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A retrospective study of 180 anaemic cats: features, aetiologies and survival data

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A retrospective study of 180 anaemic cats: features, aetiologies and survival data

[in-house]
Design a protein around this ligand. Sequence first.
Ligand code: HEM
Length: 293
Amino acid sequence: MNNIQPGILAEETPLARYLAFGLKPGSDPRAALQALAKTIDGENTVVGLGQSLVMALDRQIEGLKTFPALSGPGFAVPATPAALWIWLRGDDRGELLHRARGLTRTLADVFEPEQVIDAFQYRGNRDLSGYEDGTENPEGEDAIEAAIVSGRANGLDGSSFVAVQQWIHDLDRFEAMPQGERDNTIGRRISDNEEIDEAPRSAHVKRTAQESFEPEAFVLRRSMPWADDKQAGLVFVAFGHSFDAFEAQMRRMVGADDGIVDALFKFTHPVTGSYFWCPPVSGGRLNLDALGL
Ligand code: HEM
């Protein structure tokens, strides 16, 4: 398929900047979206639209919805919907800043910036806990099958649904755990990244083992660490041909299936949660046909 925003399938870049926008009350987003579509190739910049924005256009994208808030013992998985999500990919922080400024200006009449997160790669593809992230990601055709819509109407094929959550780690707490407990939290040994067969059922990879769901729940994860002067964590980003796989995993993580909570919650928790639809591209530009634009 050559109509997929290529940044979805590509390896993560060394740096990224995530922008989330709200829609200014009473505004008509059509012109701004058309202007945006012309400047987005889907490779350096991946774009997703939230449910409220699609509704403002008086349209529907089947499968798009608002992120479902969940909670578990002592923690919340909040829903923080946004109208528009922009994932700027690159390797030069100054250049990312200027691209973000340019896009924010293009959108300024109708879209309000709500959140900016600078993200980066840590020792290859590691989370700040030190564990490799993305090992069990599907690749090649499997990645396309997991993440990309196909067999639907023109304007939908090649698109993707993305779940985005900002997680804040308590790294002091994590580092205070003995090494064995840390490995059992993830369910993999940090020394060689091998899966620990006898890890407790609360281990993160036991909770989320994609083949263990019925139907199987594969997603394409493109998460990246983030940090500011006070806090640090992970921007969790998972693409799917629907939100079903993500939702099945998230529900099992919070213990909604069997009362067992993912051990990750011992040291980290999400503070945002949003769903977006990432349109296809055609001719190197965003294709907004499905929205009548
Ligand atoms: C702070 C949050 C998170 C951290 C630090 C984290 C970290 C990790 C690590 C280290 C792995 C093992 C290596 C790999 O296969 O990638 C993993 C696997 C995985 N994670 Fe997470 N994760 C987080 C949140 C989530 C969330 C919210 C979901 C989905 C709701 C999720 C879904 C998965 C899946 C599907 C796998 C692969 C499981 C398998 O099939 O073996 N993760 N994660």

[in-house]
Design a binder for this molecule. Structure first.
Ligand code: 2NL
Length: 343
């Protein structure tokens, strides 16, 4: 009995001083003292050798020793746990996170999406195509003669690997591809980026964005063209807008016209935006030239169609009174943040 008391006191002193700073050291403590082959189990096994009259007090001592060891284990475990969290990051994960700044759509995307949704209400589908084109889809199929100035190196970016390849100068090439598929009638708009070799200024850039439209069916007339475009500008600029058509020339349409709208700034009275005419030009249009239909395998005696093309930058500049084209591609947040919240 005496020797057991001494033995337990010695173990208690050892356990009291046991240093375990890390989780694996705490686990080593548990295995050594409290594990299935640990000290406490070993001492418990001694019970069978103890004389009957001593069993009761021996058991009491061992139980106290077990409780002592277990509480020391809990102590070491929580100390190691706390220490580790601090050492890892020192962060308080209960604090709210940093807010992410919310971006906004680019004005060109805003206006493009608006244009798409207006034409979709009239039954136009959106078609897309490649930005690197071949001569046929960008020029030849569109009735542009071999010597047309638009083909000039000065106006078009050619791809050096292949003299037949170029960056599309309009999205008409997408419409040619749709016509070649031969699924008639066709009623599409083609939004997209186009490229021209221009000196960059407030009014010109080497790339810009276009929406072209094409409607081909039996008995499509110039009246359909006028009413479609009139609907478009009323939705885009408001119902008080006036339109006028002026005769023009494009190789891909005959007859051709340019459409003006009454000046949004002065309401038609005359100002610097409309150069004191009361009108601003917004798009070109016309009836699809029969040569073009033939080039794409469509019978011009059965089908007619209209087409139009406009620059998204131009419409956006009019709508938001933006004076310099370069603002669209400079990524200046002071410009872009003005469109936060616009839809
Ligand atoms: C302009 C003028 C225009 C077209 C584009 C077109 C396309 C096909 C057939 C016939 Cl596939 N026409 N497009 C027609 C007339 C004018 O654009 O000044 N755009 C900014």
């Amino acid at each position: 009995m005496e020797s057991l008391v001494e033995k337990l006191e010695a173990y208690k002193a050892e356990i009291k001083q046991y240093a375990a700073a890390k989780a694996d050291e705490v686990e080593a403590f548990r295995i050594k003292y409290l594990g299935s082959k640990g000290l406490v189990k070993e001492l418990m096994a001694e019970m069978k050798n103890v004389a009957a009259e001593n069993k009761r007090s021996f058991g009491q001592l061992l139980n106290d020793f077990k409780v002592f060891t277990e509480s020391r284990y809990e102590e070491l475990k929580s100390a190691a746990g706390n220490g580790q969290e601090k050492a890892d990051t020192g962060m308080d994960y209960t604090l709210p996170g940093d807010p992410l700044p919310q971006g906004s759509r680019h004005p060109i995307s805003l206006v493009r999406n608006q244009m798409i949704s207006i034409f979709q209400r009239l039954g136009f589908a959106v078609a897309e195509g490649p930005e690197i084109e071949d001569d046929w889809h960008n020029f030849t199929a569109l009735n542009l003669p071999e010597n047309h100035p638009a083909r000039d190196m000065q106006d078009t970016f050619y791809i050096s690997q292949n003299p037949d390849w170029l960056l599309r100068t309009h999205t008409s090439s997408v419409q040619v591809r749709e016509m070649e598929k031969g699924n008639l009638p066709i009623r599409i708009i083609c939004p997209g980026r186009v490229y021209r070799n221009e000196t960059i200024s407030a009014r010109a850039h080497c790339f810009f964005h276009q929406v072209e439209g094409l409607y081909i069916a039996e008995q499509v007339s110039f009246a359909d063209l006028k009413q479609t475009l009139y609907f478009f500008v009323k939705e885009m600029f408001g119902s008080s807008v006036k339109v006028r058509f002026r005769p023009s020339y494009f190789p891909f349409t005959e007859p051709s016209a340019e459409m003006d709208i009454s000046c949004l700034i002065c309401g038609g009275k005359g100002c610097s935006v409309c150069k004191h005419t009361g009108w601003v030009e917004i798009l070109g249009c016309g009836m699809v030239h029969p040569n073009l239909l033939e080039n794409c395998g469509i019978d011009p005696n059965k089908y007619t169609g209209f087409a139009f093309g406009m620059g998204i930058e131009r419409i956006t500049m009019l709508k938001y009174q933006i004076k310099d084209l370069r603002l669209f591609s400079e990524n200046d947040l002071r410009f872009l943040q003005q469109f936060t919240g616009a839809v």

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  Journal of Feline Medicine and Surgery  15(2) 81 –90© ISFM and AAFP 2012Reprints and permission: sagepub.co.uk/journalsPermissions.navDOI: 10.1177/1098612X12461008jfms.com Introduction Feline anaemia is common, developing as a result of haemorrhage, haemolysis or decreased bone marrow red blood cell (RBC) production. Previous feline stud-ies have focused on specific causes of anaemia, for example, anaemia of inflammatory disease 1  and pri-mary immune-mediated haemolytic anaemia (IMHA) 2 , or have described the occurrence of different causes of anaemia in specific groups of cats, for example, a study assessing cardiac changes in 15 anaemic cats found IMHA and renal insufficiency to be most com-mon, 3  while four other studies, evaluating transfu-sion product use, found haemorrhage to be most common. 4–7  To our knowledge, no large retrospective studies exist describing features, aetiology or survival in anaemic cats.Our study aimed to describe signalment, historical and physical examination findings in a large group of anaemic cats, and describe survival data. Materials and methods Case selection  Medical records of all anaemic cats admitted to The Feline Centre, Langford Veterinary Services, University of Bristol between January 2002 and January 2009 were A retrospective study of 180 anaemic cats: features, aetiologies and survival data Rachel M Korman 1,* , Natasha Hetzel 1,† , Toby G Knowles 2 , Andrea M Harvey 1,‡  and Séverine Tasker 1 Abstract The study comprised 180 anaemic cats. Descriptive and survival data were obtained. Cats were classified by aetiology of anaemia development and degenerative, anomalous, metabolic, miscellaneous, neoplastic, infectious, inflammatory, immune-mediated, toxic, traumatic or vascular disease (DAMNITV) classification and anaemia severity. Sixty-four (35.6%) cats had mild [packed cell volume (PCV)/haematocrit (HCT) 20–24.9%], 58 (32.2%) moderate (14–19.9%), 23 (12.8%) severe (11–13.9%) and 35 (19.4%) very severe (<10.9%) anaemia. By aetiology of anaemia development, bone marrow (BM) abnormalities were more common (95, 52.8%) than haemorrhage (37, 20.6%) or haemolysis (19, 10.6%). By DAMNITV classification, infectious diseases were more common (39, 21.7%) than neoplasia (36, 20%), metabolic (21, 11.7%), trauma (15, 8.3%), miscellaneous (14, 7.8%), inflammatory (11, 6.1%), immune-mediated (11, 6.1%), anomalous (8, 4.4%), toxic (2, 1.1%) or vascular disease (1, 0.6%). BM abnormalities were significantly associated with more severe anaemia ( P   = 0.003). Most cats (112, 62.2%) survived to discharge whereas 55 (30.6%) were euthanased and 13 (7.2%) died. Survival to discharge was not associated with anaemia severity but was associated significantly with aetiology of anaemia development ( P   = 0.046), as cats with haemolysis were more likely to survive to discharge than cats with BM abnormalities. Survival to discharge was also associated significantly with DAMNITV classification ( P   = 0.010), with cats with neoplasia being less likely, and cats with immune-mediated disease more likely, to survive to discharge. Cox regression analysis found that survival was not associated with anaemia severity, but was associated with DAMNITV classification ( P   = 0.011) and age ( P   = 0.082), with cats with immune-mediated disease and younger cats more likely to survive. Accepted: 16 August 2012 1  The Feline Centre, Langford Veterinary Services, School of Veterinary Sciences, University of Bristol, UK 2 Animal Behaviour and Welfare, School of Veterinary Sciences, University of Bristol, UK *  Rachel M Korman is now at Veterinary Specialist Services, Underwood, QLD, Australia † Natasha Hetzel is now at Cave Veterinary Specialists, North Wellington, UK ‡ Andrea M Harvey is now at Small Animal Specialist Hospital, Sydney, NSW, Australia Corresponding author: Rachel M Korman BVSc GPCertFelP MACVSc MRCVS, Veterinary Specialist Services, Underwood, QLD 4217, Australia Email: rkorman@vss.net.au JFM 15210.1177/1098612X12461008Journalof FelineMedicineand SurgeryKormanetal2012 Original Article  by guest on March 27, 2016 jfm.sagepub.comDownloaded from   82  Journal of Feline Medicine and Surgery 15(2)  retrieved; cats were defined as anaemic if packed cell volume (PCV) or haematocrit (HCT) was <25% (labora-tory reference interval 25–45%) or <24% 8  for cats younger than 1 year of age. For inclusion, cases required complete medical records (ie University of Bristol case reports and hospital records for every patient; clinicopathology results where performed) and must not have received  blood products before admission. Data recording  Medical records were evaluated for signalment (age,  breed, gender) and searched for common historical find-ings (eg, inappetence, weakness, pica) and physical exami-nation findings (eg, pallor, heart murmur, jaundice, pyrexia, abdominal pain), which were then recorded. Haematological data at presentation were recorded; HCT, RBC count, haemoglobin (Hb) concentration, mean cell volume, mean cell Hb, mean cell Hb concentration and platelet count. PCV was recorded if HCT was not available (usually in cats presented out of hours). Anaemia severity was classified, based on HCT or PCV, as mild (20–24.9%), moderate (14–19.9%), severe (11–13.9%) or very severe (<10.9%). Aggregate reticulocyte counts, when performed, were used to classify the anaemia as non-regenerative (<0.015 × 10 12 /l), weakly regenerative (0.016–0.05 × 10 12 /l), moderately regenerative (0.06–0.19 × 10 12 /l) or strongly regenerative (>0.2 × 10 12 /l). 9  White blood cell (WBC) count, WBC differential counts, platelet count and any abnormalities [polychromasia, anisocytosis, acanthocytes, agglutination, elliptocytes, hypochromasia, Heinz bodies (HB) numbers and percentages, nucleated RBCs, macrocy-tosis, microcytosis, schistocytes and toxic neutrophils], detected on a Wright’s stained blood smear, were recorded as absent, slight, mild, moderate or severe. 9 Test results for feline immunodeficiency virus (FIV), feline leukaemia virus (FeLV), haemoplasma (three spe-cies) infection and other clinicopathological data [pro-thrombin time (PT), 10  activated partial thromboplastin time (aPTT), 10  Coombs’ test, 11  bone marrow (BM) aspi-rate and core biopsy results and post-mortem findings] were recorded when performed. Survival data  Survival data were obtained by recording whether the cat survived to discharge, was euthanased or died. For those surviving to discharge, the referring veterinary surgeon was contacted and the date of death recorded, if known, or the date the cat was last known to be alive. Cause of death was not recorded as this had not usually  been determined or documented. Survival time was cal-culated as the number of weeks from discharge. Case classifications  Case records were reviewed by two board-certified internal medicine clinicians (ST and AH) and classified  by the aetiology of anaemia development in each case as either anaemia due to a BM abnormality, haemorrhage or haemolysis. If more than one aetiology was present, the major cause of anaemia was recorded. Cases with anae-mia due to a BM abnormality were further subdivided into primary BM disease or secondary suppression of BM activity, ie neoplasia-associated (eg, lymphoma), renal insufficiency-associated, infectious-inflammatory or miscellaneous causes of BM suppression. Each case was also classified separately according to the degenerative, anomalous, metabolic, miscellaneous, neoplastic, infec-tious, inflammatory, immune-mediated, toxic, traumatic or vascular disease (DAMNITV) classification system 12   based on the definitive diagnosis reached for the pri-mary disease process. This system has been used previ-ously for categorisation in feline studies. 12  If cases could not be ascribed confidently to a particular aetiology of anaemia development or DAMNITV classification, they were left unclassified. Data analysis  All data were entered, validated and explored in a data- base (Excel 2008; Microsoft), and exported into statistics software (SPSS, version 18.0, Woking) for further analysis. Descriptive data Continuous variables were evaluated for normality using the Kolmogorov–Smirnov Z test. Data were expressed as mean (± SD) if normally distrib-uted and median (range) if not normally distributed. Aetiology of anaemia development and DAMNITV clas-sification were explored according to anaemia severity, and selected clinical and laboratory features. Statistical analysis Pearson χ 2  (exact test) was used to test for association between the following categorical variables: anaemia severity, aetiology of anaemia devel-opment, DAMNITV classification and survival to dis-charge. P  <0.05 indicated significance.Cox regression analysis was performed to examine variables (age, breed, gender, historical and physical examination findings, regenerative response, haema-tological data, retrovirus and haemoplasma infection status, coagulation times, Coombs’ testing, anaemia severity, aetiology of anaemia development and DAMNITV classification) possibly associated with sur-vival time. Owing to small numbers in some DAMNITV groups, cats with anomalous, toxic, vascular and miscel-laneous diseases were grouped together to increase sta-tistical power in the Cox regression. Multivariable modelling of survival time was performed using varia- bles with a P- value of <0.1 on bivariable analysis as a starting point for model building; P   ≤  0.05 was a require-ment for variables to be retained in the final model. Cats lost to follow-up were treated as censored.  by guest on March 27, 2016 jfm.sagepub.comDownloaded from   Korman et al 83 Results Cases  Data retrieval identified 348 cats. Exclusion of 168 cases occurred; three were not anaemic by age-defined reference intervals, three had received blood products before admis-sion and 162 had incomplete medical records. Thus, 180 cats fulfilled the inclusion criteria. Results presented are percentages based on 180 cats unless otherwise specified. Descriptive data  Ages ranged from 0.3 to 15 years (median 5 years). Non-pedigree cats were most common (125, 69.4%), while 55 (30.6%) were pedigree, with Persians, Siamese (both 10, 5.6%) and Birmans (eight, 4.4%) most common. Neutered males were most frequent (95, 52.8%), followed by neu-tered females (65, 36.1%), entire males (12, 6.7%) and entire females (eight, 4.4%).Lethargy (118, 65.6%), inappetence (87, 48.3%) and pallor (86, 47.8%) were common. Weakness and a heart murmur were each present in 54 (30%) cats. Jaundice was present in 30 (16.7%), pyrexia in 24 (13.3%), abdomi-nal pain in 11 (6.1%), and pica in seven (3.9%) cats.Descriptive data for continuous haematological param-eters are shown in Table 1. Anaemia was commonly mild (64, 35.6%) or moderate (58, 32.2%), and, less frequently, very severe (35, 19.4%) or severe (23, 12.8%). Platelet counts were normal in 139 (77.2%) cats, elevated in 11 (6.1%) and reduced in 15 (8.3%) cats. Platelet counts were not performed in 15 (8.4%) cats. Cats with thrombo-cytopenia had 3.92 (± 3.23) platelets visible per × 1000 high power field. A peripheral blood smear was exam-ined for morphological cell changes in 164 cats. Polychromasia was seen in 72/164 (43.9%) cats, anisocy-tosis in 100/164 (60.9%), microscopic agglutination in 18/164 (11%), hypochromasia in 5/164 (3%), macrocyto-sis in 31/164 (18.9%), microcytosis in 16/164 (9.8%), acan-thocytes in 12/164 (7.3%), elliptocytes in 9/164 (5.5%), HBs in 7/164 (4.3%) and schistocytes in 6/164 (3.7%) cats. Toxic neutrophils were identified in 18/164 (11%) cats.FIV infection was tested for in 147 cats and was posi-tive in 7/147 (4.8%). FeLV infection was tested for in 148 cats and was positive in 6/148 (4.1%). Haemoplasma polymerase chain reaction (PCR) testing was performed in 77 (42.8%) cats, with positive results in 6/77 (7.8%) cats: Candidatus  Mycoplasma haemominutum in three cats,  Mycoplasma haemofelis  in two cats and one cat had dual infection.The aPTT and PT were measured in 44 (24.4%) cats and were abnormal (prolonged; either aPTT or PT alone or  both) in 18/44 (40.9%). Coombs’ testing was performed in 25 (13.9%) cats and was positive in 9/25 (36%) cats. BM aspirate and biopsy were performed in 30 (16.6%) cats and post-mortem examination in 25 (13.9%) cats.Aetiology of anaemia development was classified as a BM abnormality in 95 (52.8%) cats, haemorrhage in 37 (20.6%) and haemolysis in 19 (10.6%), while 29 (16.1%) could not be classified (Table 2). DAMNITV classi fication (Table 3) found infectious causes of anaemia (39, 21.7%) to be most common, for example feline infectious perito-nitis (FIP) (17/39, 43.6%), FeLV (5/39, 12.8%), FIV (4/39, 10.3%), combined FIV and  Haemoplasma  species (2/39, 5.1%), followed by neoplasia (36, 20%), for example, lym-phoma (9/36, 25%), then metabolic (21, 11.7%), trauma (15, 8.3%), miscellaneous (14, 7.8%), inflammatory (11, Table 1 Descriptive data for continuous haematological parameters of all casesParameter (units)Number of catsMean (± SD) or median (range)Reference interval HCT or PCV (%)18016.83 (± 5.29)25–45Red blood cell count (×10 12  /l)1643.47 (0–8)5.5–10Mean corpuscular volume (fl)16450.45 (35–85)40–55Mean corpuscular haemoglobin (pg)16415.95 (11–35)12.5–17Mean corpuscular haemoglobin concentration (g/dl)16431.4 (26–54)30–35Haemoglobin (g/dl)1635.42 (±1.85)8–15White blood cell count (×10 9  /l)16512.8 (1–123)4.9–19Neutrophil count (×10 9  /l)1659.23 (0–113)2.4–12.5Lymphocyte count (×10 9  /l)1651.21 (0–15)1.4–6Monocyte count (×10 9  /l)1650.44 (0–7)0.1–0.7Eosinophil count (×10 9  /l)1650.08 (0–2)0.1–1.6Basophil count (×10 9  /l)1650 (0–6)0–0.1Nucleated red blood cell count (×10 9  /l)1562.41 (± 9.48)0Aggregate reticulocytes (×10 12  /l)*8813.43 (0–0.74) Atypical white blood cells (×10 9  /l)101.19 (±1.92)0 *Aggregate reticulocyte counts classified 31/88 (35.2%) cats as non-regenerative, 17/88 (19.3%) weakly regenerative, 19/88 (21.6%) moderately regenerative and 21/88 (23.9%) as strongly regenerativeHCT = haematocrit, PCV = packed cell volume  by guest on March 27, 2016 jfm.sagepub.comDownloaded from   84  Journal of Feline Medicine and Surgery 15(2)  Table 2 Anaemia severity and aetiology of anaemia developmentAetiology of anaemia developmentMild anaemia(HCT/PCV 20–24.9%)Moderate anaemia(HCT/PCV 14–19.9%)Severe anaemia(HCT/PCV 11–13.9%)Very severe anaemia (HCT/PCV <10%)Total number of cats Bone marrow abnormality44, 24.4%23, 12.8%9, 5%19, 10.5%95, 52.7%Infectious inflammatory disease-associated bone marrow suppression, eg, FIP (17/48, 35.4%), FeLV infection (4/48, 8.3%), FIV infection (3/48, 6.3%)25/48 (52.1%)15/48 (31.3%)4/48 (8.3%)4/48 (8.3%)48/95 (50.5%)Primary bone marrow disease, eg, myelodysplastic/ myeloproliferative disease (7/25, 28%), lymphoproliferative neoplasia (5/25, 20%) (eg, acute leukaemia), pure red cell aplasia (5/25, 20%)4/25 (16%)3/25 (12%)4/25 (16%)14/25 (56%)25/95 (26.3%)Renal insufficiency-associated bone marrow suppression, eg, chronic kidney insufficiency (4/13, 30.8%), glomerulonephropathy (3/13, 23.1%), acute on chronic kidney insufficiency (2/13, 15.4%), renal lymphoma (2/13, 15.4%)9/13 (69.2%)4/13 (30.8%)0013/95 (13.7%)Neoplasia-associated bone marrow suppression, eg, multicentric lymphoma (3/8, 37.5%)6/8 (33.3%)1/8 (12.5%)1/8 (12.5%)08/95 (8.4%)Miscellaneous causes of bone marrow suppression, eg, non-regenerative IMHA with coagulopathy and suspected underlying neoplasia (1/1, 100%)0001/1 (100%)1/95 (1.1%)Haemorrhage,eg, trauma (15/37, 40.5%), bleeding neoplastic lesion (7/37, 18.9%), gastrointestinal haemorrhage (6/37, 16.2%), coagulopathy (6/37, 16.2%)10, 5.6%13, 7.2%7, 3.9%7, 3.9%37, 20.6%Haemolysis, eg, IMHA (7/19, 36.8%), haemoplasma infection (3/19, 15.8%), hepatic lipidosis-associated haemolysis (3/19, 15.8%), pyruvate kinase deficiency (3/19, 15.8%)1, 0.6%12, 6.7%4, 2.2%2, 1.1%19, 10.6%Unclassified9, 5%10, 5.6%3, 1.7%7, 3.9%29, 16.1%Total number of cats64, 35.6%58, 32.2%23, 12.8%35, 19.5%180, 100% Values show number of cats, while all percentages reflect values of 180 cats. Percentages listed in brackets reflect percentages of cats within specified groupsThe most commonly diagnosed diseases in each category are listed as examplesFIP = feline infectious peritonitis, FeLV = feline leukaemia virus, FIV = feline immunodeficiency virus, IMHA = immune-mediated haemolytic anaemia, HCT = haematocrit, PCV = packed cell volume  by guest on March 27, 2016 jfm.sagepub.comDownloaded from   Korman et al 85 6.1%), immune-mediated (11, 6.1%), anomalous (8, 4.4%), toxic (two, 1.1%) and vascular (one, 0.6%) dis-eases. DAMNITV classification was not possible in 22 (12.2%) cats. Commonly-diagnosed diseases are described in Tables 2 and 3.Anaemia severity, according to aetiology of anaemia development and further BM abnormalities determined is shown in Table 2 and according to each DAMNITV classification in Table 3. Further descriptions of aetiology of anaemia development and DAMNITV classifications for selected clinical and laboratory features are shown in Table 4. Abnormal clotting times were uncommon, found in only 10% of cats and seen with haemorrhage by aetiol-ogy of anaemia development or neoplasia, by DAMNITV categorisation. Anaemia due to a coagulopathy was only identified in four cats, including one cat diagnosed with disseminated intravascular coagulation and two cats with rodenticide toxicity. Statistical analysis  Anaemia severity was significantly associated with aeti-ology of anaemia development ( χ 2  = 19.9, P  = 0.003). When BM abnormalities were removed from this analy-sis, the significant association was no longer present ( χ 2  = 5.815, P  = 0.12), confirming that BM abnormalities were associated significantly with more severe anaemia. Anaemia severity was not associated significantly with DAMNITV classification ( χ 2  = 33.852, P  = 0.153).Most cats (112, 62.2%) survived to discharge, 55 (30.6%) were euthanased and 13 (7.2%) died. Anaemia severity was not associated significantly with survival to discharge ( χ 2  = 4.15, P =  0.248), whereas aetiology of Table 3 Anaemia severity and DAMNITV classificationDAMNITV classificationMild anaemia(HCT/PCV 20–24.9%)Moderate anaemia(HCT/PCV 14–19.9%)Severe anaemia(HCT/PCV 11–13.9%)Very severe anaemia (HCT/PCV <10%)Total number of cats Anomalous, eg, hereditary coagulopathy (2/8, 25%), portovascular anomaly (2/8, 25%)1, 0.6%3, 1.7%2, 1.1%2, 1.1%8, 4.4%Metabolic, eg, chronic kidney insufficiency (4/21, 19%), hepatic lipidosis (4/21, 19%), acute on chronic kidney insufficiency (2/21, 9.5%)12, 6.7%8, 4.4%1, 0.6%021, 11.7%Miscellaneous, eg, pure red cell aplasia not attributed to immune-mediated disease (3/14, 21.4%), aplastic anaemia (2/14, 14.3%)4, 2.2%2, 1.1%4, 2.2%4, 2.2%14, 7.8%Neoplastic, eg, lymphoma (9/36, 25%), carcinoma (3/36, 8.3%), haemangiosarcoma (2/36, 5.6%)16, 8.9%10, 5.6%3, 1.6%7, 3.9%36, 20%Infectious, eg, FIP (17/39, 43.6%), FeLV (5/39, 12.8%), FIV (4/39, 10.3%), combined FIV and Haemoplasma   species (2/39, 5.1%)13, 7.2%15, 8.3%5, 2.8%6, 3.3%39, 21.7%Inflammation, eg, gastroduodenal ulceration associated with inflammatory bowel disease (2/11, 18.2%)7, 3.9%2, 1.1%1, 0.6%1, 0.6%11, 6.1%Immune-mediated, eg, IMHA (8/11, 72.7%)05, 2.8%2, 1.1%4, 2.2%11, 6.1%Toxic, eg, rodenticide toxicity (2/2, 100%)02, 1.1%002, 1.1%Traumatic, eg, road traffic accident (11/15, 73.3%, dog attack (2/15, 13.3%)6, 3.3%5, 2.8%2, 1.1%2, 1.1%15, 8.3%Vascular, eg, dilated cardiomyopathy and congestive heart failure (1/1, 100%)1, 0.6%0001, 0.6%Unclassified4, 2.2%6, 3.3%3, 1.7%9, 5%22, 12.2%Total number of cats64, 35.6%58, 32.2%23, 12.8%35, 19.4%180, 100% (100%) Values show number of cats, while all percentages reflect values of 180 cats, unless otherwise specifiedThe most commonly diagnosed diseases in each category are listed as examplesFIP = feline infectious peritonitis, FeLV = feline leukaemia virus, FIV = feline immunodeficiency virus, IMHA = immune-mediated haemolytic anaemia, HCT = haematocrit, PCV = packed cell volume  by guest on March 27, 2016 jfm.sagepub.comDownloaded from